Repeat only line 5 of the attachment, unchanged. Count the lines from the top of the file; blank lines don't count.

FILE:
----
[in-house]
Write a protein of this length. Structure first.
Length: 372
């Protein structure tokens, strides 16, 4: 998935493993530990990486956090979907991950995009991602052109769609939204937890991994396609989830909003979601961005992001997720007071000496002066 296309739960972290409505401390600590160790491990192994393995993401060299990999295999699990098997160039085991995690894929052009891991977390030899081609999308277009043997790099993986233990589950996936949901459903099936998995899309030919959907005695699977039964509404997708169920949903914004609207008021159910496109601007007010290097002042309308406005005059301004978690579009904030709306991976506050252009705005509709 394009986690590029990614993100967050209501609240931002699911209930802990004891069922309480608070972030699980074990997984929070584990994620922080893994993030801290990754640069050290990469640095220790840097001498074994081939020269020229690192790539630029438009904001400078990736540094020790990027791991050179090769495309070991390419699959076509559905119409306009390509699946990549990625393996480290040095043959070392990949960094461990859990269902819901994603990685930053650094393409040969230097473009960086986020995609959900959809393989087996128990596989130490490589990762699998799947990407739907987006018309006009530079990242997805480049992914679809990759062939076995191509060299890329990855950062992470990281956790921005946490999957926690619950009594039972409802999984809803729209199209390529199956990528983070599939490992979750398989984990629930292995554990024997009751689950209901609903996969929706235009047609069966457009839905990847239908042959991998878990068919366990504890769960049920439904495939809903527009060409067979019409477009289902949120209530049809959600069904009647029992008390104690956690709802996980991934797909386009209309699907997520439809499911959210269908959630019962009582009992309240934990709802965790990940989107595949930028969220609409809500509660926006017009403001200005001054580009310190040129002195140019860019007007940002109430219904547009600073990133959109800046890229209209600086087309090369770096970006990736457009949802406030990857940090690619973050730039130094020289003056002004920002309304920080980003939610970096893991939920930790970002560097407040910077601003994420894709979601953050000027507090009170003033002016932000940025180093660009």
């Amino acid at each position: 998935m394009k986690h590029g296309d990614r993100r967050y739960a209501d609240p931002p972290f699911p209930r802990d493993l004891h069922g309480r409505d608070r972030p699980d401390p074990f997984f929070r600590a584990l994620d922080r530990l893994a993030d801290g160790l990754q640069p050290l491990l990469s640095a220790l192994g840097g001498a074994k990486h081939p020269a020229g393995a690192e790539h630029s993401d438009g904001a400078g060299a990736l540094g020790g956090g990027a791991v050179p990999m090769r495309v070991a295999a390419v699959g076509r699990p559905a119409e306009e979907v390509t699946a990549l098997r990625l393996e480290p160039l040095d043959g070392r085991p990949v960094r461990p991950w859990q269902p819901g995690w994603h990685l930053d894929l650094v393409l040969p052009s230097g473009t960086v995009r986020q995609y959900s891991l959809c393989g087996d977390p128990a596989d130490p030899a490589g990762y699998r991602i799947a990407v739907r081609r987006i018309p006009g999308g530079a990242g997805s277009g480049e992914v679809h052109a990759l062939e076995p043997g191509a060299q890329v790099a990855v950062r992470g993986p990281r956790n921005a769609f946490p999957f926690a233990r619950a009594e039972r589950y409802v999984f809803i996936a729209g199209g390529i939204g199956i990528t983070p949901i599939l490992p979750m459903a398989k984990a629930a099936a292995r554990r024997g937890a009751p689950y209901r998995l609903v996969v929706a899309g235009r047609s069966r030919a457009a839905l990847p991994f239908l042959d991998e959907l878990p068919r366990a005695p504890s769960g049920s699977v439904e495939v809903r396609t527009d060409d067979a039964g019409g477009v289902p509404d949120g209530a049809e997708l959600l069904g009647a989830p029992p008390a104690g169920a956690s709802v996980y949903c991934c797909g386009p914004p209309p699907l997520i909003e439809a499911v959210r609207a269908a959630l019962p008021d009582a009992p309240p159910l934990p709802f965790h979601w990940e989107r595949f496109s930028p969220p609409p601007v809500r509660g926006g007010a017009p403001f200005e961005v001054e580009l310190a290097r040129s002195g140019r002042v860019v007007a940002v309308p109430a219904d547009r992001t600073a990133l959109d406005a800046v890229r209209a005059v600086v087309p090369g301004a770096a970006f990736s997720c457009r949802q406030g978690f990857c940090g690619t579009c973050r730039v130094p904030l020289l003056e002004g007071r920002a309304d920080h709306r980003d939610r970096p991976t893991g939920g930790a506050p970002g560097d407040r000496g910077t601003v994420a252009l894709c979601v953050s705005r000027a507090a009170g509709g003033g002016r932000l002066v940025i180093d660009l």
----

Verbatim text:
């Amino acid at each position: 998935m394009k986690h590029g296309d990614r993100r967050y739960a209501d609240p931002p972290f699911p209930r802990d493993l004891h069922g309480r409505d608070r972030p699980d401390p074990f997984f929070r600590a584990l994620d922080r530990l893994a993030d801290g160790l990754q640069p050290l491990l990469s640095a220790l192994g840097g001498a074994k990486h081939p020269a020229g393995a690192e790539h630029s993401d438009g904001a400078g060299a990736l540094g020790g956090g990027a791991v050179p990999m090769r495309v070991a295999a390419v699959g076509r699990p559905a119409e306009e979907v390509t699946a990549l098997r990625l393996e480290p160039l040095d043959g070392r085991p990949v960094r461990p991950w859990q269902p819901g995690w994603h990685l930053d894929l650094v393409l040969p052009s230097g473009t960086v995009r986020q995609y959900s891991l959809c393989g087996d977390p128990a596989d130490p030899a490589g990762y699998r991602i799947a990407v739907r081609r987006i018309p006009g999308g530079a990242g997805s277009g480049e992914v679809h052109a990759l062939e076995p043997g191509a060299q890329v790099a990855v950062r992470g993986p990281r956790n921005a769609f946490p999957f926690a233990r619950a009594e039972r589950y409802v999984f809803i996936a729209g199209g390529i939204g199956i990528t983070p949901i599939l490992p979750m459903a398989k984990a629930a099936a292995r554990r024997g937890a009751p689950y209901r998995l609903v996969v929706a899309g235009r047609s069966r030919a457009a839905l990847p991994f239908l042959d991998e959907l878990p068919r366990a005695p504890s769960g049920s699977v439904e495939v809903r396609t527009d060409d067979a039964g019409g477009v289902p509404d949120g209530a049809e997708l959600l069904g009647a989830p029992p008390a104690g169920a956690s709802v996980y949903c991934c797909g386009p914004p209309p699907l997520i909003e439809a499911v959210r609207a269908a959630l019962p008021d009582a009992p309240p159910l934990p709802f965790h979601w990940e989107r595949f496109s930028p969220p609409p601007v809500r509660g926006g007010a017009p403001f200005e961005v001054e580009l310190a290097r040129s002195g140019r002042v860019v007007a940002v309308p109430a219904d547009r992001t600073a990133l959109d406005a800046v890229r209209a005059v600086v087309p090369g301004a770096a970006f990736s997720c457009r949802q406030g978690f990857c940090g690619t579009c973050r730039v130094p904030l020289l003056e002004g007071r920002a309304d920080h709306r980003d939610r970096p991976t893991g939920g930790a506050p970002g560097d407040r000496g910077t601003v994420a252009l894709c979601v953050s705005r000027a507090a009170g509709g003033g002016r932000l002066v940025i180093d660009l």